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+ - Congress Reacts To Successful Falcon 9 Launch-> 2

Submitted by FleaPlus
FleaPlus (6935) writes "The successful inaugural launch of SpaceX's Falcon 9, privately developed and built at a cost of less than $400M (including another Falcon 9 to be launched this summer and five earlier Falcon 1 rockets), has been hailed by a number of space organizations and former astronauts. However, it's also quite interesting to look at the reactions from those in Congress who control the purse-strings for NASA (one of SpaceX's biggest customers). The successful launch was congratulated by Sen. Bill Nelson (D-FL and former astronaut) and Rep. Suzanne Kosmas (D-FL), both praised and criticized by Sen. Kay Bailey Hutchison (R-TX) due to the successful launch being a year later than previously predicted, and blasted by Sen. Richard Shelby (R-AL) for merely replicating what 'NASA accomplished in 1964,' who added that the company's success 'must not be confused with progress for our nation's human spaceflight program.'"
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Congress Reacts To Successful Falcon 9 Launch

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  • While you can't deny this is an accomplishment, you also cannot deny the fact that this was accomplished nearly 50 years ago with slide rulers.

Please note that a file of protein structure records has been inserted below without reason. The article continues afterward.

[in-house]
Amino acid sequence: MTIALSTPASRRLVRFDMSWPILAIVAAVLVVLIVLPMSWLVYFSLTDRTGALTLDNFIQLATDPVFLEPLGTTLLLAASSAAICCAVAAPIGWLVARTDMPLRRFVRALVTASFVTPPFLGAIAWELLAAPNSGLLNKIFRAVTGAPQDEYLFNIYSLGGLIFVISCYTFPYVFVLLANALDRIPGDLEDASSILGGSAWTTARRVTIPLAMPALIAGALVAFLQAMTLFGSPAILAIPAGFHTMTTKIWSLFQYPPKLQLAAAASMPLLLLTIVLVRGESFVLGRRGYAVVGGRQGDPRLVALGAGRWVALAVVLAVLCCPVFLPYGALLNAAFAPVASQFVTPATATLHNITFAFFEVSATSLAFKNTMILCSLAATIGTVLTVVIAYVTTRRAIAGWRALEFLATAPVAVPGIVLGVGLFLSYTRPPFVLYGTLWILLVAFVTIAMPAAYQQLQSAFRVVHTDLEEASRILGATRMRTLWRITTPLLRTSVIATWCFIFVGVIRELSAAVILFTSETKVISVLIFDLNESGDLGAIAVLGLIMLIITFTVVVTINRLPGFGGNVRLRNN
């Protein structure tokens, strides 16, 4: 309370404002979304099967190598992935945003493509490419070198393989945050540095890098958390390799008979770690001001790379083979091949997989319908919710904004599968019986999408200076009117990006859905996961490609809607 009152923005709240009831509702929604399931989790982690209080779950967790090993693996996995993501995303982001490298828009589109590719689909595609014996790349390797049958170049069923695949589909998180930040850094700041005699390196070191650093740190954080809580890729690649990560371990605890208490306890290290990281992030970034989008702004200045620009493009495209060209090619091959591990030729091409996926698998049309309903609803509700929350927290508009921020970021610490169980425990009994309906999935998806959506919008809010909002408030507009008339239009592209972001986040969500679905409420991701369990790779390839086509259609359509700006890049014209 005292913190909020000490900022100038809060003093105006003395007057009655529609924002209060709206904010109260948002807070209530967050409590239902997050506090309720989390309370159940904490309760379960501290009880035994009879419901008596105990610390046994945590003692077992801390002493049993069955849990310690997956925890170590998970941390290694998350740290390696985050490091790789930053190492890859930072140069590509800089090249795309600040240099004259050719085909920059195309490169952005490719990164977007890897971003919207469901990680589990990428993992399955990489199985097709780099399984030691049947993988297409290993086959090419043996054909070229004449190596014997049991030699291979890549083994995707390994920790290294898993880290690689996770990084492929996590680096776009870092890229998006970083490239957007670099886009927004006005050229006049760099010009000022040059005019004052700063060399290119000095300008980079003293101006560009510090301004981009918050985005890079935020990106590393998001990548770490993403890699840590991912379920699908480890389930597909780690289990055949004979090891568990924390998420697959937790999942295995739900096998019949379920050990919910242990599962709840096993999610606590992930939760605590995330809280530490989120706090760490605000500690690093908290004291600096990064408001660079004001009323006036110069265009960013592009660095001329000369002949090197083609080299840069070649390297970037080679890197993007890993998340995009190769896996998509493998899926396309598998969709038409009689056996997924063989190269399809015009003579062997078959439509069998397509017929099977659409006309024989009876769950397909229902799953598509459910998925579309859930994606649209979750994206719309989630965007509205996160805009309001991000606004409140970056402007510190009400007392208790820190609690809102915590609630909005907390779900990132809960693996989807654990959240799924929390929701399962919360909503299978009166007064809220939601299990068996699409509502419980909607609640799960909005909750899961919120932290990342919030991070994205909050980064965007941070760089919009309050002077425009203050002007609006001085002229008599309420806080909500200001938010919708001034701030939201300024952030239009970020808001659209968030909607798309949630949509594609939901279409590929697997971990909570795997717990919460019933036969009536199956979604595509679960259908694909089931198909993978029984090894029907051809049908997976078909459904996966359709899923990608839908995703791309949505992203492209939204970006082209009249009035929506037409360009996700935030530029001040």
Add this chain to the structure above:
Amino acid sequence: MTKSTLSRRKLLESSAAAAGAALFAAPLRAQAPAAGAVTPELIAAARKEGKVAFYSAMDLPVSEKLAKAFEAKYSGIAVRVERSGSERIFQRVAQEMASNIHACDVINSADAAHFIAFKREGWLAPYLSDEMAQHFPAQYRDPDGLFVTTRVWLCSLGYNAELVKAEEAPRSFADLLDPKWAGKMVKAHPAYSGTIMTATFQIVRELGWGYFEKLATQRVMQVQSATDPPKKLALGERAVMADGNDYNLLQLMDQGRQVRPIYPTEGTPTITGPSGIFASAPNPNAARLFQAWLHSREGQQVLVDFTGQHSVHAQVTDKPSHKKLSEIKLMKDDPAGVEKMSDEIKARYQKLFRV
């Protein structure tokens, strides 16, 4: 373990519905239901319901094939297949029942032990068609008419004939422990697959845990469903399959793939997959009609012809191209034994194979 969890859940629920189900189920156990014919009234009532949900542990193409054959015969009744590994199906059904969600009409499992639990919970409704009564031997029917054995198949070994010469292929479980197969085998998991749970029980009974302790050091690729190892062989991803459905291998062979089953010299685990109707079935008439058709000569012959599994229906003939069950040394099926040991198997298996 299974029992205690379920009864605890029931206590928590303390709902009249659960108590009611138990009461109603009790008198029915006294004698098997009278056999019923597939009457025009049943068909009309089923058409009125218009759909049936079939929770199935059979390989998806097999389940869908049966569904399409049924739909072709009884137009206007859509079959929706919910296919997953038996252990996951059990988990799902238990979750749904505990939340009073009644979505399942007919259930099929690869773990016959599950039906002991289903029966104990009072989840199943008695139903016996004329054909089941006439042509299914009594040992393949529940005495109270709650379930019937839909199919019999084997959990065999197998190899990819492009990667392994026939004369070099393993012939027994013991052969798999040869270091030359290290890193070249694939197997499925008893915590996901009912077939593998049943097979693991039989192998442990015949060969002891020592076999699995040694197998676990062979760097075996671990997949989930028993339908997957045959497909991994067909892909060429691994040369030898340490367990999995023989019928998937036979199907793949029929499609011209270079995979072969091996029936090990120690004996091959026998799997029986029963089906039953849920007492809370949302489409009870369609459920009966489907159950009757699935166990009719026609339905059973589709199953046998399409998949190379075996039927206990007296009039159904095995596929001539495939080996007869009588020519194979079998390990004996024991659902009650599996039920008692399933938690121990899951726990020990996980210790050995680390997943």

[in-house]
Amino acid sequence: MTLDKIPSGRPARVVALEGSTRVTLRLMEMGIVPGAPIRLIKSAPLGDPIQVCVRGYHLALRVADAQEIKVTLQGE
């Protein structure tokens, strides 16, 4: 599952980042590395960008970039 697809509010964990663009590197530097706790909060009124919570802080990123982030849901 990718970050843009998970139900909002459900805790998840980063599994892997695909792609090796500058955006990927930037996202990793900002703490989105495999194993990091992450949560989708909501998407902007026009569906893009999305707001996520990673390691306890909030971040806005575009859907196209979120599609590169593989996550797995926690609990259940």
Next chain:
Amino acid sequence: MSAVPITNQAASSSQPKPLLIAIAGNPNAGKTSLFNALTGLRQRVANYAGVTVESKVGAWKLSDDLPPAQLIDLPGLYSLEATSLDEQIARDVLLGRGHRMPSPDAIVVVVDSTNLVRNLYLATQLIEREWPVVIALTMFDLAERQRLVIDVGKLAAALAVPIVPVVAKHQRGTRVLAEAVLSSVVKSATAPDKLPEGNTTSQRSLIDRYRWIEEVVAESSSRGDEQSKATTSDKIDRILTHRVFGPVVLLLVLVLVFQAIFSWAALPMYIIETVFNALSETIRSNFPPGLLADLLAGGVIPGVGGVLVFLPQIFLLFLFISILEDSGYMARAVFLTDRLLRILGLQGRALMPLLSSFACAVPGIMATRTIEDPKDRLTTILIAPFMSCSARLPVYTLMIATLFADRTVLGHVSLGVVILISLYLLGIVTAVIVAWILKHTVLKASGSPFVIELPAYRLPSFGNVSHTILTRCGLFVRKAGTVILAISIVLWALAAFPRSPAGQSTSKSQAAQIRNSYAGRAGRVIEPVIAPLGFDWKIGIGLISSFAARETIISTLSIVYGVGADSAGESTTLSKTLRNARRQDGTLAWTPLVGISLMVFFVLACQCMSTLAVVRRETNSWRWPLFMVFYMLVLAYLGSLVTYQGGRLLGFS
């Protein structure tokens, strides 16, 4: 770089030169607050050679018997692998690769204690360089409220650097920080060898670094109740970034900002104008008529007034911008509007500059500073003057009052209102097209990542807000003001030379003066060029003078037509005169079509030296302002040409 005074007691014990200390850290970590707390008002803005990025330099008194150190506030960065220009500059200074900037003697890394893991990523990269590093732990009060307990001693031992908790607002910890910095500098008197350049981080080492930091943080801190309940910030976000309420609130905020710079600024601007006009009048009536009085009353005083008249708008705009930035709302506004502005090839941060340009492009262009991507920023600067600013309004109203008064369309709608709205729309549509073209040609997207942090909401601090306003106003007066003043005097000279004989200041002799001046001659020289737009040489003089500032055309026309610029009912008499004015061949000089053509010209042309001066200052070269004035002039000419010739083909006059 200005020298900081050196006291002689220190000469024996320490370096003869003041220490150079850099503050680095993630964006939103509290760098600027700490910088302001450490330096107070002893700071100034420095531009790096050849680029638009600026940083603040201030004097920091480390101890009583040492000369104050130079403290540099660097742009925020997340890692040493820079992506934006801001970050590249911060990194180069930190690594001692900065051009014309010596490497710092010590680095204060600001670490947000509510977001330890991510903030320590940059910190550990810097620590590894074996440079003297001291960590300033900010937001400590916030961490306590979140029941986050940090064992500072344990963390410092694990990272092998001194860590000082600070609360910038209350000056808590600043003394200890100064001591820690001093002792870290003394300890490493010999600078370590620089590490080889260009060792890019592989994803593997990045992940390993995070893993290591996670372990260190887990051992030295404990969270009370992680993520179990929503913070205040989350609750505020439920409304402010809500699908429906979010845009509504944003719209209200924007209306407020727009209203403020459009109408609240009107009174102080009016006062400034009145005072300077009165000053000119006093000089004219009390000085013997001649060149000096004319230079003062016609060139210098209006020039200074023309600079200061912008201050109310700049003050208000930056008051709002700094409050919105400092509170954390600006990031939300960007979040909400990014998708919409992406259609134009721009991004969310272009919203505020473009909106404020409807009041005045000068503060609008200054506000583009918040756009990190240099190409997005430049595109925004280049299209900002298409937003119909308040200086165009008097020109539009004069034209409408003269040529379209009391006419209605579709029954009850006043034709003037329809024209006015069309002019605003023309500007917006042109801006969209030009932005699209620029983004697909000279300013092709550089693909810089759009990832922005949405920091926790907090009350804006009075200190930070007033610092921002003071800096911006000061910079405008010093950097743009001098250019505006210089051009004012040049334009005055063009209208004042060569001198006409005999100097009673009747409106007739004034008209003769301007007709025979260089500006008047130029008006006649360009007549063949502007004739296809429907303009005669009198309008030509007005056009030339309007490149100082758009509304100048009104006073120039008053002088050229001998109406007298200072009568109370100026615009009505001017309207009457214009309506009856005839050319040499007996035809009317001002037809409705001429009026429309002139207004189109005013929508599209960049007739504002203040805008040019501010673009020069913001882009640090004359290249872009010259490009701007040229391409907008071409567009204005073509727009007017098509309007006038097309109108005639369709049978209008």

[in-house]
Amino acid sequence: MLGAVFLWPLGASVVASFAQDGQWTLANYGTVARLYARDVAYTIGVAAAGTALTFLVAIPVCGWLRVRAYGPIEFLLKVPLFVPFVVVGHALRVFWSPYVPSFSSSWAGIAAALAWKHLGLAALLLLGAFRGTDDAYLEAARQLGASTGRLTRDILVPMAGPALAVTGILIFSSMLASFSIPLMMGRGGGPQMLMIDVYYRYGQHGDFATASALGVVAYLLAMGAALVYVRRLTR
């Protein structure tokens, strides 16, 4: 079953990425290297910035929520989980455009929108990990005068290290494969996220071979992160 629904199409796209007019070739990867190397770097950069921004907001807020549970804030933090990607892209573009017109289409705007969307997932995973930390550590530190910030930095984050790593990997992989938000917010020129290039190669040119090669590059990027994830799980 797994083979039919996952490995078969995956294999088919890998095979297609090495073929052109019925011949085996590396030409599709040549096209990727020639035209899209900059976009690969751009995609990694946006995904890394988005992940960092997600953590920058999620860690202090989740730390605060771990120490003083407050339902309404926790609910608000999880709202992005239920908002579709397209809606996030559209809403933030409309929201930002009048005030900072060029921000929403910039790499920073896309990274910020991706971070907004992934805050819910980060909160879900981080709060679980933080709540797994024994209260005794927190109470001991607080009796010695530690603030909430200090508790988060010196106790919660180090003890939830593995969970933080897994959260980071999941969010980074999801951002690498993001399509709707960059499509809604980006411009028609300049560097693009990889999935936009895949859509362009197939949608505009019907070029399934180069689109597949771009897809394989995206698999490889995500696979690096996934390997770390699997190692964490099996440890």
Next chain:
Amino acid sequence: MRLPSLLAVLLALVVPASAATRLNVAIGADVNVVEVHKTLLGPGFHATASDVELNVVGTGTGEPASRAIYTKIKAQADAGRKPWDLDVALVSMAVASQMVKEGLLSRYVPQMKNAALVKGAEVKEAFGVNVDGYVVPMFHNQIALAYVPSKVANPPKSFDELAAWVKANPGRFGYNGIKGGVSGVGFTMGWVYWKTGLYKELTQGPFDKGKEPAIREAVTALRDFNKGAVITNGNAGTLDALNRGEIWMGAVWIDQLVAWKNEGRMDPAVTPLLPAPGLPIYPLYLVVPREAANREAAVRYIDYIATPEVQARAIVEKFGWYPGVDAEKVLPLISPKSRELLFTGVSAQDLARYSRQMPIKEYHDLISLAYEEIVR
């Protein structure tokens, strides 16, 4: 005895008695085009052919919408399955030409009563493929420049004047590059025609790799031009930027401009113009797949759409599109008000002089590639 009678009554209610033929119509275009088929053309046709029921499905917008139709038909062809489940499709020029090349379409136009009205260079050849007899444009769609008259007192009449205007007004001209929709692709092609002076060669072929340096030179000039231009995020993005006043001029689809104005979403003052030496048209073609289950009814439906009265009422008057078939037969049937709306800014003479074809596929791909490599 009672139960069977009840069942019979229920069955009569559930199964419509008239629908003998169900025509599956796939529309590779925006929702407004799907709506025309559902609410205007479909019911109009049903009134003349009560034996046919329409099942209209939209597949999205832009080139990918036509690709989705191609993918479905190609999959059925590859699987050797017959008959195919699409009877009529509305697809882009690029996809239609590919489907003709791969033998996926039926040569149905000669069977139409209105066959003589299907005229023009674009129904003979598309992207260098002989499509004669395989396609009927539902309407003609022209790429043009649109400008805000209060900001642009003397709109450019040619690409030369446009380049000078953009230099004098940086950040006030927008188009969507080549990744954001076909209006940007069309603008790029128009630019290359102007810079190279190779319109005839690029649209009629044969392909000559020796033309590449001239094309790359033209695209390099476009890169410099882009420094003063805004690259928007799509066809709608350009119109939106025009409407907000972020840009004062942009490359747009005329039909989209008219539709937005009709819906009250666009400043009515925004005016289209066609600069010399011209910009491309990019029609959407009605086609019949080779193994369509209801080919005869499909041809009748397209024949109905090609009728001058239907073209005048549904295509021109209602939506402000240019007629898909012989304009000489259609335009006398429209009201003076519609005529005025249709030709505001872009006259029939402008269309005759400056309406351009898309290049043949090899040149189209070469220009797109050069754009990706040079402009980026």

I think what it illustrates mostly is the foolishness of the early seventies Congress that killed the Apollo program and subsequent decisions that resulted in the loss of the technology and knowledge of the Apollo launch vehicle.

    Hopefully, what was learned during the Space Shuttle program will not also be left to evaporate, if it has not already happened.

    • Re: (Score:3, Insightful)

      by Urkki (668283)

      While you can't deny this is an accomplishment, you also cannot deny the fact that this was accomplished nearly 50 years ago with slide rulers.

      50 years ago the accomplishment used an untold (well, ok, I'm sure it's been calculated, but anyway) number of man years, especially including the education effort needed to produce the engineering workforce capable of pulling it off with slide rulers.

      50 years ago it was also done taking risks unthinkable today.

      And for the record, I think the current risk tolerance of space exploration is ridiculous, at least for the US, considering US (like I think every other nation with serious space capability, they're

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